The listing of the exact symptoms or side effects from the consumption of the peanut butter are listed by Unilever in the press release. Unlike the release, the news report only stated that there were no known illnesses.

Where the product was sold is included in both as well as the reason for the recall- salmonella detection. Basically, the reporters main concern is to include enough logistics to inform the readers and possible buyers of Skippy and inform them on the actions that need to be taken if this effects them personally. Any unnecessary business jargon can be left out, besides the facts. The Who, What, Where, When, and Why are the basics to the news report.

Analysis: Multimedia

The multimedia sections of the New York Times and Star Tribune are different according to the content of their main coverage.

Both venues offer slideshows, videos, audio, podcasts, etc. These features provide the reader and common audience with a visual and oral experience into the news. The ability to tell a story through something other than written words or print helps the newspaper to reach its technology-driven audience.

News stories are broken down and visualized by readers to create a more realistic image in their minds. Understanding is usually clearer about the subject when more outlets are offered on the topic addressed.

These writings include short segments of a news article that sum up what is happening in the pictures of a slideshow and then a lead sentence on the bigger picture and the images to follow. The facts are limited and concise, including only enough information to tell the story. Most background information is left for the newspaper articles.

Spot and follows: Twin Cities snow emergency

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Most recently, the Twin Cities metro is experiencing a winter storm that is estimated to bring 10 to 17 inches of snow to Minnesotans.
Today's lead includes many of the storm's extremities such as grounded flights and closed businesses. This is different from yesterday's article that explained what the Minnesota was expecting before the snow actually began to fall. The lead from Saturday, was written to advise those traveling to reconsider with the weather that was on its way.
Today, the article mentions what the metro area is doing to currently remove the snow and what citizens should expect for the next 24 hours.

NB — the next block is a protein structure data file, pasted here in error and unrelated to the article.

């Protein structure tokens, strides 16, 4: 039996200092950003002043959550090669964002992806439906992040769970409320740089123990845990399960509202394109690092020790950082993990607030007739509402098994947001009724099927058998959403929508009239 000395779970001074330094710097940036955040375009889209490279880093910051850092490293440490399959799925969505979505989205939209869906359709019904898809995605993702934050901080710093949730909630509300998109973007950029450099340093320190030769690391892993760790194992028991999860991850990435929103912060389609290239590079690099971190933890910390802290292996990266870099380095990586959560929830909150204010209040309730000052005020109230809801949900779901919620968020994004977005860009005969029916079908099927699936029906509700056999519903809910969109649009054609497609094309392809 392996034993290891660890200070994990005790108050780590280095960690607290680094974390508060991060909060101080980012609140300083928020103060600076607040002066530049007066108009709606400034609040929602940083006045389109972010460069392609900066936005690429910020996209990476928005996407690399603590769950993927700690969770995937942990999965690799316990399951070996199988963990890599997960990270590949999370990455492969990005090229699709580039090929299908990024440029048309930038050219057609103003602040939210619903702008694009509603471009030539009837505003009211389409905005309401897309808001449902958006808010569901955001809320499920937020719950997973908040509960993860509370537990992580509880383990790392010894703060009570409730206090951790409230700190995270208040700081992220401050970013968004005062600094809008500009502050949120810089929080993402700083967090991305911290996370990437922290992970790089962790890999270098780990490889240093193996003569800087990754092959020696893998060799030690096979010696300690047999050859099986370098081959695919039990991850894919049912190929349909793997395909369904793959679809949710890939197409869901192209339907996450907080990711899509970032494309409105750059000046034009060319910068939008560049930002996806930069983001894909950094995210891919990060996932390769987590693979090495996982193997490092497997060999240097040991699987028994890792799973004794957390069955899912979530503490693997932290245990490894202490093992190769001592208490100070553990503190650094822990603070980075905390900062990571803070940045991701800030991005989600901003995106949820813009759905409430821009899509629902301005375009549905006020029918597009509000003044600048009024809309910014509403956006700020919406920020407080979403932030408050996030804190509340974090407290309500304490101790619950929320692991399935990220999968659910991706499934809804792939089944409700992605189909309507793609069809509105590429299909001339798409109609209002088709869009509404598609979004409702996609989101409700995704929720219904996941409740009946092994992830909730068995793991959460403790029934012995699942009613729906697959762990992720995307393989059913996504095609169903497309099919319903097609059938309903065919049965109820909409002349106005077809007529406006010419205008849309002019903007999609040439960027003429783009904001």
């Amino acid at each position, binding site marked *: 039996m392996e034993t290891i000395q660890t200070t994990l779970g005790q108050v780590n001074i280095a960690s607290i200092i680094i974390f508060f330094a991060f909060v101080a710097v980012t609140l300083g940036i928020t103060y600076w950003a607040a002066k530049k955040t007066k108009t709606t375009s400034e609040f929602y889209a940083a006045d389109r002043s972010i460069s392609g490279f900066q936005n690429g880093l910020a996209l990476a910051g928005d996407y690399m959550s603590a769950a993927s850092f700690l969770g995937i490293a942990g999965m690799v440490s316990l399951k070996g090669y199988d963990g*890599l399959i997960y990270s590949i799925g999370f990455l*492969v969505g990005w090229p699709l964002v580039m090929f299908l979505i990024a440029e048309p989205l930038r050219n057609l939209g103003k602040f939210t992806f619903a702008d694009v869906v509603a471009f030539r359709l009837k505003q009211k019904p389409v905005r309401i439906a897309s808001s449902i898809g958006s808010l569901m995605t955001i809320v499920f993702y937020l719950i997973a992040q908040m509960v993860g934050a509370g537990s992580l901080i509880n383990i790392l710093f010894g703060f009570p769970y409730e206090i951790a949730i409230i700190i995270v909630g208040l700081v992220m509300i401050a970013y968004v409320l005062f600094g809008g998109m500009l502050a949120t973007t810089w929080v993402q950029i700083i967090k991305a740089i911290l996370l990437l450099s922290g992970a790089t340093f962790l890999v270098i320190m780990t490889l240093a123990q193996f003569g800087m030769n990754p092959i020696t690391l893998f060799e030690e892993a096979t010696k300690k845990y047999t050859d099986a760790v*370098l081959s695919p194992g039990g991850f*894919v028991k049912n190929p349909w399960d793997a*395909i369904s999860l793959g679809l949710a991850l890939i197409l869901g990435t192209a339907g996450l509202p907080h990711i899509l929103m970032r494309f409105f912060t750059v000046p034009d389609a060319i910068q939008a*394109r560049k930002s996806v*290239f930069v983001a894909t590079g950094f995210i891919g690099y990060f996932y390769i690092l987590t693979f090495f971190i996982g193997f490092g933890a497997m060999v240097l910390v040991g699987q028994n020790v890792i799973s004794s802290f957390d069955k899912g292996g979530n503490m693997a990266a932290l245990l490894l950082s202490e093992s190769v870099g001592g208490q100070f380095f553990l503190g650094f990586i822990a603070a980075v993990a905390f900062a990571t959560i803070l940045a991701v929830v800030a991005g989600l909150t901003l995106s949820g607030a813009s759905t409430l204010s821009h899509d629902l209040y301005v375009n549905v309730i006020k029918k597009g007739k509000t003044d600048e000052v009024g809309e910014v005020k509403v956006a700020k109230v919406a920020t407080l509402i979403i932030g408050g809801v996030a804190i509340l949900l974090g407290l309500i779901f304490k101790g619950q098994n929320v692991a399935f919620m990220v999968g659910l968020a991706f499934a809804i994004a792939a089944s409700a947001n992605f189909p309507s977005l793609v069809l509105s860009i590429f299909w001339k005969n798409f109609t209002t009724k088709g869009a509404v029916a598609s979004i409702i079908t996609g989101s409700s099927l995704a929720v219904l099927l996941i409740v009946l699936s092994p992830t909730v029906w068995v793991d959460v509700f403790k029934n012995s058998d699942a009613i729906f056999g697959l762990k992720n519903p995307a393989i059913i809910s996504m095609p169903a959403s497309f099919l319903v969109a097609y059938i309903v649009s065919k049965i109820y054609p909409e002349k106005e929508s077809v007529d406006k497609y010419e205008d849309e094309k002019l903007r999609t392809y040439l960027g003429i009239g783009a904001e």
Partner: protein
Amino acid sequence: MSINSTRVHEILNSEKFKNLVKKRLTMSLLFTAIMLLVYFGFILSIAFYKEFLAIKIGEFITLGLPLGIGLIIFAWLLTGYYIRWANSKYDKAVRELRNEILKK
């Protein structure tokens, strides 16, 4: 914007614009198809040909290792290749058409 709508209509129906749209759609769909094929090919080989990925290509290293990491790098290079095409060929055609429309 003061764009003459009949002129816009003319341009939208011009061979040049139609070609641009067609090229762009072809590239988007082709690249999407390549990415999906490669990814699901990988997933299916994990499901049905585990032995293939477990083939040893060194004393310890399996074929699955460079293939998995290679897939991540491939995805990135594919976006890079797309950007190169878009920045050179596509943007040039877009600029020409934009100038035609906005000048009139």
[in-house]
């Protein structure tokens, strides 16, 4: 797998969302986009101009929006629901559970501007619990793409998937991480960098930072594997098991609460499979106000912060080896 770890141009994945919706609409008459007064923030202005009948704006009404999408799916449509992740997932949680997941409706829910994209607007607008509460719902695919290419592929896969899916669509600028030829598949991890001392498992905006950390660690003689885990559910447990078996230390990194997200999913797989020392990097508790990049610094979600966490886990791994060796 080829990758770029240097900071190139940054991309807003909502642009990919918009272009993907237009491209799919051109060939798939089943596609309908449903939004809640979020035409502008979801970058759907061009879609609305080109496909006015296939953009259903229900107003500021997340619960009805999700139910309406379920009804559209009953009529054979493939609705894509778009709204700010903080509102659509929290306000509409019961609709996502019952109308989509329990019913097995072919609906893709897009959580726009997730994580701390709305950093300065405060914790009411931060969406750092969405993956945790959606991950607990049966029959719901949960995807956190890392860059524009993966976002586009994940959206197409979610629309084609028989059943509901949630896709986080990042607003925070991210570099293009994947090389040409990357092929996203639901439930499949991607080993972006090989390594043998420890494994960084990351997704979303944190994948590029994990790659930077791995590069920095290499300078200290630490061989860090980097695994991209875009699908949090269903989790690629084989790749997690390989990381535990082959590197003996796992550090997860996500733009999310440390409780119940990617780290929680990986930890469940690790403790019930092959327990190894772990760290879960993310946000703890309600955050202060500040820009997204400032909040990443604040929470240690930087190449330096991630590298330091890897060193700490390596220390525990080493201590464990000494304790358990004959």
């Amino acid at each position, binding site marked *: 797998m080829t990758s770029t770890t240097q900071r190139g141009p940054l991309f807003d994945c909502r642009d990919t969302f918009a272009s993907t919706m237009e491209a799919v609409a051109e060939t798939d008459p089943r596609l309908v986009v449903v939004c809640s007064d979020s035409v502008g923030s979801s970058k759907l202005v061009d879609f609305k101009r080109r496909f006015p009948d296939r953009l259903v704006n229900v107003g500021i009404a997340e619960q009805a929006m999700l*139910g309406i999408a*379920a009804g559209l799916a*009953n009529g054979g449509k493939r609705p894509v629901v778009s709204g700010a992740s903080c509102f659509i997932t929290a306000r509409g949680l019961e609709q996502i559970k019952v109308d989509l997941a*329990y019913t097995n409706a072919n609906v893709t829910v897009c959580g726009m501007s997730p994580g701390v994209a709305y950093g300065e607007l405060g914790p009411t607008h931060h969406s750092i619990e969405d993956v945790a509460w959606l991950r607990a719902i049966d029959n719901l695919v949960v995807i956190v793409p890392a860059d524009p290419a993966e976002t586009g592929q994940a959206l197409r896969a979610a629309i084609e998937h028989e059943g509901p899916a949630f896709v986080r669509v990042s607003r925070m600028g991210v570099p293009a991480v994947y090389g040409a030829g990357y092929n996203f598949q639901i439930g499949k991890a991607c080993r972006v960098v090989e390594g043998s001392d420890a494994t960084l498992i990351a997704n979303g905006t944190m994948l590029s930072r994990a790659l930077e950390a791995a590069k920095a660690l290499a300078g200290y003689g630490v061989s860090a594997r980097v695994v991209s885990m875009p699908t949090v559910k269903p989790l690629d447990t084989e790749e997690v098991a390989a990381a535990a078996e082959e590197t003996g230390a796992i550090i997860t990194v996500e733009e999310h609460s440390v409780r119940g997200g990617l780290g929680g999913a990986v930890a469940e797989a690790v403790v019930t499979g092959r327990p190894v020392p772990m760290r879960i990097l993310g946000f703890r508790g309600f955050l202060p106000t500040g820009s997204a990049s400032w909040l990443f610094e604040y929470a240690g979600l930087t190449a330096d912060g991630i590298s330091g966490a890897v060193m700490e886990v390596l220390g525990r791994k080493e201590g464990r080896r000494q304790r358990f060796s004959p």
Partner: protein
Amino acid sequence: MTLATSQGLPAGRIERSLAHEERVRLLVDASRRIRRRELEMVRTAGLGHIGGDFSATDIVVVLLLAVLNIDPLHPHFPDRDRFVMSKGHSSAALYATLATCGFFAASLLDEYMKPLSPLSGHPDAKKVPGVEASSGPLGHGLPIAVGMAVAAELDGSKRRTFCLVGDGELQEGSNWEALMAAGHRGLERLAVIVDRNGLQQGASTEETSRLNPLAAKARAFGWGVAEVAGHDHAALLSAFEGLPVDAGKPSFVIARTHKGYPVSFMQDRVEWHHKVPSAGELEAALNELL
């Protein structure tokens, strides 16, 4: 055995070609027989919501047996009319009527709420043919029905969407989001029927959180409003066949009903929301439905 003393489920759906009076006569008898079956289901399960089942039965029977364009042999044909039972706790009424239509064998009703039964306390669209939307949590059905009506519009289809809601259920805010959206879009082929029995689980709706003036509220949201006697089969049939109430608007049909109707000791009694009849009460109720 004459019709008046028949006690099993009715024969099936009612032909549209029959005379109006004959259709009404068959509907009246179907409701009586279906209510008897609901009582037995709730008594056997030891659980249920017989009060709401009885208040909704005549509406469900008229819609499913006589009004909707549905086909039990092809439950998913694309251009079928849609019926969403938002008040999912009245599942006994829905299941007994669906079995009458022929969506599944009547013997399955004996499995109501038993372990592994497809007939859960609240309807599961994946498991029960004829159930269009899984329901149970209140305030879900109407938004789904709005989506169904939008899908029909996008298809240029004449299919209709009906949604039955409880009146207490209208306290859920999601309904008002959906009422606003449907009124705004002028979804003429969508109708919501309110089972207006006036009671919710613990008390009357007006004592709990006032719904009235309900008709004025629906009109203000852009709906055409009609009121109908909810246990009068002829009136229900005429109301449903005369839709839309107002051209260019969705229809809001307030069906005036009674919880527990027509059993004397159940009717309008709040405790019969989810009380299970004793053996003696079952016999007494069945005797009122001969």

The advancement of the article basically follows the progress of the storm, but definitely changed after the "blizzard" had arrived. The Star Tribune is the major newspaper covering this storm, although other places are affected by the storm as well.

Structure: progression of Denny Hecker's case

The article containing Denny Hecker's sentencing is full of numbers and potential to become quite confusing to even the the most avid reader.

Dee DePass and David Phelps did a clean effort in portraying the information.

The meat of the article was in the beginning, followed by quotes from Hecker, his family and friends, and his attorney.

Besides the evil that this case involves, the writers made an effort to include opinions of Hecker in a positive light as well.

The reporters also ordered the information in time relevant order. Hecker may have pleaded guilty in September, but the actual sentencing is what the story is highlighting.

Information was presented in the most efficient way when referencing to the possible structures of a news story.

Effective Ohio attributions

Looking deeper at the Ohio fraternity house shooting by MSNBC, there are numerous attributions used by the reported in the Sunday article.
The names of the men arrested were not listed, but important figures in the community such as the University president, the police chief, and fraternity representatives.
Most new information is listed in the first half of the article, but other points are elaborated upon with new sources later in the reading.
Eyewitnesses and people involved commented on the loss, instead of records being searched for past information.
The attributions used are necessary and reveal the impact that it has had on the surrounding community and its residents. No confusion was detected in the facts that were released to the public.

News Lead in story of University students death

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An article grabs a reader if one vital component is available--the lead. In the story by the Star Tribune about the University of Minnesota student, the death of the young man is the central meat of the article. Elements such as the who, what, where, and when are available to the reader in the lead. They are informed on what the story will contain and beyond the first sentence, the details will be listed from most to least importance.
The names and times are general until the next few sentences, where details unravel. The name of the man killed is important, but since he is not know by most of society, his ranking of importance in the article decreases. With leads, their are many different choices but the overall formula is easily followed by many reporters.